Medical records?

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katie1

Registered User
Aug 5, 2014
122
Kendal Cumbria
Is there a legal way of getting hold of my Dads medical records that were submitted along with the CHC DST for the funding award? I would like to know what was written about my Dad during those first few weeks in hospital, that was submitted to the panel.
If we don't know then when it comes to the review in three months time, we won't know what they are basing their comments on.
I know it is possible to get records after someones death but whist about someone loving......even though he can't really give his convent. Although I do hold joint PoA and am his advocate on the recent DoLs that was taken out on the ward.
I just think we would be in a better position at the 3 month CHC review checklist etc if we knew the FULL details. I have asked the Transfer Co-ordinator (yet again) for a copy of the paperwork (the DST document) that was submitted and asked her if I could have the medical records and mental health report because they formed part of the submission, I was advised to request these from the ward who said they would pass the message on. Someone from the hospital rang and said it was not possible for me to have them because my father could not give his permission.
 

katie1

Registered User
Aug 5, 2014
122
Kendal Cumbria
When you say you have joint POA, do you have a Health and Welfare LPA?
Yes, me my brother and Mum have joint PoA for Finance and Heath and Welfare
But when I mentioned this (and said I could prove it by sending a copy of the PoA document) I still got the same reply.
I still maintain that if we are entitled to a copy of the DST then the med records plus the mental health report were submitted as evidence alongside it and therefore part of it.
 

jenniferpa

Registered User
Jun 27, 2006
39,448
If you have a Health and Welfare LPA, then they are totally wrong. It's a bit more complicated if all you have is a financial LPA or an EPA (still doable but more time consuming). But as a H & W LPA attorney (I'm assuming this is registered?) it really is as if you are your father when it come to requesting records. You are dealing with idiots, frankly.

From the horses mouth

http://www.nhs.uk/chq/Pages/access-to-someone-elses-medical-or-health-records.aspx

I would request these records in writing.
 

Kon Dealer

Account Closed
Apr 25, 2015
18
Katie, what you need to do is get "Enduring Power of Attorney"- that can be tricky. If and when you do you have an absolute right to see these records.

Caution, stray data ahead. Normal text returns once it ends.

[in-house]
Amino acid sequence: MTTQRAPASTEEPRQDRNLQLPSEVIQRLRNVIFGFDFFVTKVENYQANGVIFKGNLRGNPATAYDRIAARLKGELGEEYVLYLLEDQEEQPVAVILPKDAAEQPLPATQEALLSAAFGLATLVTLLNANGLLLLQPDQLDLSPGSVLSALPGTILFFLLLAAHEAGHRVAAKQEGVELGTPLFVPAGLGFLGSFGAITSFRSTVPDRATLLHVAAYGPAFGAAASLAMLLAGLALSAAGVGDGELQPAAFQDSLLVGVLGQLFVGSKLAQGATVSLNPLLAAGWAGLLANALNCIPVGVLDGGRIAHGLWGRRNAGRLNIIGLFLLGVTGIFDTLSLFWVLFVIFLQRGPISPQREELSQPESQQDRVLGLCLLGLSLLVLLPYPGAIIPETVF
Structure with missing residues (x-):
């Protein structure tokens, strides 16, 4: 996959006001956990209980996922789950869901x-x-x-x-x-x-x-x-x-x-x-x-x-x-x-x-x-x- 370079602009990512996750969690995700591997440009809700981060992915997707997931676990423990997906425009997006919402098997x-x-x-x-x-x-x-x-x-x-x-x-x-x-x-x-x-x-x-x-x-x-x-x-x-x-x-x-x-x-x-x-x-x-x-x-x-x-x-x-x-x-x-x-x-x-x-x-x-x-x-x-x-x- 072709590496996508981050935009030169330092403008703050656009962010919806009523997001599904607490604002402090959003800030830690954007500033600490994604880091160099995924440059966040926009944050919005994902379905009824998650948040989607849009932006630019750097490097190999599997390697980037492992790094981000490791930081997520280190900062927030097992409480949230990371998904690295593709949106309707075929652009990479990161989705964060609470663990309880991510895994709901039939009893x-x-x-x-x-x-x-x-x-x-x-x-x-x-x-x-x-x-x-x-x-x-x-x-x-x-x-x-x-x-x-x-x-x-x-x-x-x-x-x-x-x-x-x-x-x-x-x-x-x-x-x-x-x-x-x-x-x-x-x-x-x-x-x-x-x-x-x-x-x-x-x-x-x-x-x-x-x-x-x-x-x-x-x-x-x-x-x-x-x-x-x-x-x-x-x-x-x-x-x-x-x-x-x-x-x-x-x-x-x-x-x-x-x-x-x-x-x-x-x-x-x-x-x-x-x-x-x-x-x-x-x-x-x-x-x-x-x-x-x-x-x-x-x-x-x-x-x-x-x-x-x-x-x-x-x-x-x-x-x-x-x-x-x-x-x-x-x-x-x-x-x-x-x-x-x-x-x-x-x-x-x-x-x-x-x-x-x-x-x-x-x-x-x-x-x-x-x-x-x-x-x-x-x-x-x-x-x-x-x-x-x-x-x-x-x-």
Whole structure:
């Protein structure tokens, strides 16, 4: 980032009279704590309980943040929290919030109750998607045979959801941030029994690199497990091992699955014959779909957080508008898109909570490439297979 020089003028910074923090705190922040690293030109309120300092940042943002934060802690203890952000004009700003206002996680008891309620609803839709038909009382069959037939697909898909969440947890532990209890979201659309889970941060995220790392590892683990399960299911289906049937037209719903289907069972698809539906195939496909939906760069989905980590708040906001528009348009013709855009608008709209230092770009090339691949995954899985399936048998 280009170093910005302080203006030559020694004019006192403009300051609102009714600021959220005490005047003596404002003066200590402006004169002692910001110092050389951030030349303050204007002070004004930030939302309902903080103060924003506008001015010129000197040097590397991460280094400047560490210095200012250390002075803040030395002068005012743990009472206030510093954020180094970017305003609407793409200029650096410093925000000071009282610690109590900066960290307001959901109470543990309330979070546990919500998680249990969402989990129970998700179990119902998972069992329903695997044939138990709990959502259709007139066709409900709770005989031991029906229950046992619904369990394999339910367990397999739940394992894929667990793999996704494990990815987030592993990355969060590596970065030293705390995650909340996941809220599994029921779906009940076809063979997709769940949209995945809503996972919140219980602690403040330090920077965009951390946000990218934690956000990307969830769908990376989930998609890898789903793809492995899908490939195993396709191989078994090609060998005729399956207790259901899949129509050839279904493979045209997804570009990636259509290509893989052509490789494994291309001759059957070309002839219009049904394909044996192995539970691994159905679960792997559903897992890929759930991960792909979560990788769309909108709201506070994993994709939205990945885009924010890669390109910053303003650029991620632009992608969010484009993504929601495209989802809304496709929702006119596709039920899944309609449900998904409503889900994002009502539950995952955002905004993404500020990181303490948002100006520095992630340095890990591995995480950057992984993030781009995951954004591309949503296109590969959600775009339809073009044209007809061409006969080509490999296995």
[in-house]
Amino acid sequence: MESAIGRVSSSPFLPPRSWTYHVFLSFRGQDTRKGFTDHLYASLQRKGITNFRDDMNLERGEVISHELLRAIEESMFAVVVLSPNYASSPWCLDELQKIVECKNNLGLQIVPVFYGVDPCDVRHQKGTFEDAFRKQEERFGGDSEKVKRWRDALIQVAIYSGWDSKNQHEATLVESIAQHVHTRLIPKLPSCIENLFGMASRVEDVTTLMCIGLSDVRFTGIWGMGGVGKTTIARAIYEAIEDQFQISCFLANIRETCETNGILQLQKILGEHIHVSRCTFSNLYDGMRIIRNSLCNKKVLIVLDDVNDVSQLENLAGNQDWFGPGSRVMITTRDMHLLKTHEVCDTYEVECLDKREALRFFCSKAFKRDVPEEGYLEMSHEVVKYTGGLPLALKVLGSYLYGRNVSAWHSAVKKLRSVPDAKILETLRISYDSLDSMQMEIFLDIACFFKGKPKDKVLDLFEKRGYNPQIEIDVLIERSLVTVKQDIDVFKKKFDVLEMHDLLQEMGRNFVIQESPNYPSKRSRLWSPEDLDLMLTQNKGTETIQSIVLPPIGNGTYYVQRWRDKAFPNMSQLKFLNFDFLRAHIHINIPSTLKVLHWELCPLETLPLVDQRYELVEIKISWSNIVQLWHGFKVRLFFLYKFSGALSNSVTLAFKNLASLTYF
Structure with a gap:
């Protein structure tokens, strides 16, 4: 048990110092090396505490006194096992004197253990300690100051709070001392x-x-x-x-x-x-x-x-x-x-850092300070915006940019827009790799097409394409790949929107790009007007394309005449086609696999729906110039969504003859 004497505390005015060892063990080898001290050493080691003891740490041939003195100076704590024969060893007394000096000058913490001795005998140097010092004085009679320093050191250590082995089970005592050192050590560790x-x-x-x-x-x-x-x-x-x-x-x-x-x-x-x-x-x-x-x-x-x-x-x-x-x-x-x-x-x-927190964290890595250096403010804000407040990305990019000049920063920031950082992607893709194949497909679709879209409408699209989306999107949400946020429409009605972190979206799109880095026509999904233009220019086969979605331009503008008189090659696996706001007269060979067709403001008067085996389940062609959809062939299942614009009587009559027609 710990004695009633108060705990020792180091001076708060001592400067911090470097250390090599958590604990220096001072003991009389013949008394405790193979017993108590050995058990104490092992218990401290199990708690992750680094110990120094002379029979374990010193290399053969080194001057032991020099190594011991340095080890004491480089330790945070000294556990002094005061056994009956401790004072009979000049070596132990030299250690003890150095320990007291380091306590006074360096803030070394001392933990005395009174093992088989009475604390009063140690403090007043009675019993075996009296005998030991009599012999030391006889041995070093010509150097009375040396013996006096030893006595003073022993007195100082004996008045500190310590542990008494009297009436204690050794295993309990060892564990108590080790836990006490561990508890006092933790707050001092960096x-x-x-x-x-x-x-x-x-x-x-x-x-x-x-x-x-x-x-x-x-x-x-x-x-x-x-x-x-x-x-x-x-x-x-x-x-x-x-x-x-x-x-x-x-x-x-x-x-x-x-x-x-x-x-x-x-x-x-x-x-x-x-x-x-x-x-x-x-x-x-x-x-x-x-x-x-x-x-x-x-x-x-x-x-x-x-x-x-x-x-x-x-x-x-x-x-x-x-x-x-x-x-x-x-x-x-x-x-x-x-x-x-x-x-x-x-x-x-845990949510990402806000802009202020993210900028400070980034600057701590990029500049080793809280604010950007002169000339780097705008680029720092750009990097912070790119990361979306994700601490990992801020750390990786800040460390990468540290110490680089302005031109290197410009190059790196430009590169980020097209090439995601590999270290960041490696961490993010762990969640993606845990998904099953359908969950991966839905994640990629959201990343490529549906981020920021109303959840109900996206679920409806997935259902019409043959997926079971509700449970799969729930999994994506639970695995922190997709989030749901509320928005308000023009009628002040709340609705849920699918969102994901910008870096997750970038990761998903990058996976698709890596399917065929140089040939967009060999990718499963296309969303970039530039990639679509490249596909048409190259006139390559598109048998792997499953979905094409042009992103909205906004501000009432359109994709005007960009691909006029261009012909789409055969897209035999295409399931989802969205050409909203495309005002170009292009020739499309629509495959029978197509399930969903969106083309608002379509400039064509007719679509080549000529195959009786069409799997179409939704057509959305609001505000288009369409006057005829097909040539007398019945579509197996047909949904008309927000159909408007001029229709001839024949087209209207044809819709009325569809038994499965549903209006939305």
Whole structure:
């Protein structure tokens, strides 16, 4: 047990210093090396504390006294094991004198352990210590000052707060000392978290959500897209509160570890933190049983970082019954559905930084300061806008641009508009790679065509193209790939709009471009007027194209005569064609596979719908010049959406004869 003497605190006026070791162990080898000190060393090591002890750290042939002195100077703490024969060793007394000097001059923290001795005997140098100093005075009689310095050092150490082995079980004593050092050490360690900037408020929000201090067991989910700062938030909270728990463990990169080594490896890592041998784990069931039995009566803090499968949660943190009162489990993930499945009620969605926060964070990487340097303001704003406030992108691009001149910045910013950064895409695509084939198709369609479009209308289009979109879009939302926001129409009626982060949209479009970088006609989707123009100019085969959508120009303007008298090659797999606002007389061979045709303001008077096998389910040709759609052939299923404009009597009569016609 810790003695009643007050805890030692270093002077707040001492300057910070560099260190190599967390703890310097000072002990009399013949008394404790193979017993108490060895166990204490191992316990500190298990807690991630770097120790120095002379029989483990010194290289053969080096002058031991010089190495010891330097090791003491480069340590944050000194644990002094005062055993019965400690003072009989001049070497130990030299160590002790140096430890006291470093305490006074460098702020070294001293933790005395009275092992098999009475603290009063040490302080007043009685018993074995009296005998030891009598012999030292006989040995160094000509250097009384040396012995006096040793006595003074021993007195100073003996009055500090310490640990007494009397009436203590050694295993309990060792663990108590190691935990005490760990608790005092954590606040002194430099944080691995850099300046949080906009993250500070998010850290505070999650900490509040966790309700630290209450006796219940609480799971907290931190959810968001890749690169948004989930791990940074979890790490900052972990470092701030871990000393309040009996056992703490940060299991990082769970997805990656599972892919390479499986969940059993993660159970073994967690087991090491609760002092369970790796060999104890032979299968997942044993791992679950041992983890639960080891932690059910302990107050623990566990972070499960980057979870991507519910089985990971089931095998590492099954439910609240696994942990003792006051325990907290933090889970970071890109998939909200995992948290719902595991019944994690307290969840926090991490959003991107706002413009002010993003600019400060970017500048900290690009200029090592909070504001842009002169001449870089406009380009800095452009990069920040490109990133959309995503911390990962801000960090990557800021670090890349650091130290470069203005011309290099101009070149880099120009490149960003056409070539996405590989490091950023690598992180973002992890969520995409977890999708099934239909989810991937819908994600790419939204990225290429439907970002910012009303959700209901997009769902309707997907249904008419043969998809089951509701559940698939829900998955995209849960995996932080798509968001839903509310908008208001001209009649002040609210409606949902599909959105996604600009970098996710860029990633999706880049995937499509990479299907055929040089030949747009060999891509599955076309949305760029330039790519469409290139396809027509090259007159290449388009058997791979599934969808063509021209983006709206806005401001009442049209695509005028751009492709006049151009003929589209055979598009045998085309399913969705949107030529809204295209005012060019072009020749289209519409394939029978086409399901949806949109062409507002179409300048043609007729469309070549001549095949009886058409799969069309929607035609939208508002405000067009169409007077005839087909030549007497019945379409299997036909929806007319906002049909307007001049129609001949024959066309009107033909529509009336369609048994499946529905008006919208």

Failing that try a Freedom of Information request.
 

jenniferpa

Registered User
Jun 27, 2006
39,448
Katie, what you need to do is get "Enduring Power of Attorney"- that can be tricky. If and when you do you have an absolute right to see these records.
Failing that try a Freedom of Information request.
I think you may have misread the post. Katie already has a valid Health and Welfare LPA. The LPA superseded EPAs in 2007 (and an EPA did not, strictly speaking, offer anything other than the ability to manage finances).
 

Saffie

Registered User
Mar 26, 2011
22,506
Near Southampton
I only had Deputyship for legal and finance but was able to access my late husband's hospital files when I was preparing my evidence for CHC.
I sent a copy of my Deputyship document and said that I needed to view the records to fulfil my responsibility of protecting my husband's asserts. I could have had them copied but chose to avoid that expense and spent most of a day perusing them instead with a kind lady photocopying some pages.
It cost me nothing but sadly there was little to help the application as the CCG are only interested on how things are currently not how they were in hospital.
The GP was more reluctant to provide copies of their records without H&W LPA but I just wrote a similar letter to the Practice manager and received copies of all, as far as I am aware, of the notes and paid £15.

Sadly the full DST was cancelled at the last minute and my husband died before it was rearranged.


Sent from my iPod touch using Talking Point
 

katie1

Registered User
Aug 5, 2014
122
Kendal Cumbria
Saffie
"the CCG are only interested on how things are currently not how they were in hospital."
thank you for the warning. This is precisely why I need to know how he was in hospital so that I can keep an accurate record or at least compare my nots to the hospital records that were submitted and the ones we will hopefully get from the nursing him in three months when the review happens.
I think they will of course only be interested in how he is then at the three month marker, but if we don't see tyne records from the hospital we don't know.
Thank you to everyone for the advice.
I am going to write a letter, Jenniferpa, to the legal team at the hospital containing that link and the information that we have registered LPoA for both Financial and Health and Welfare and if they require a copy of the certificate as proof they can get in touch!
 

Kon Dealer

Account Closed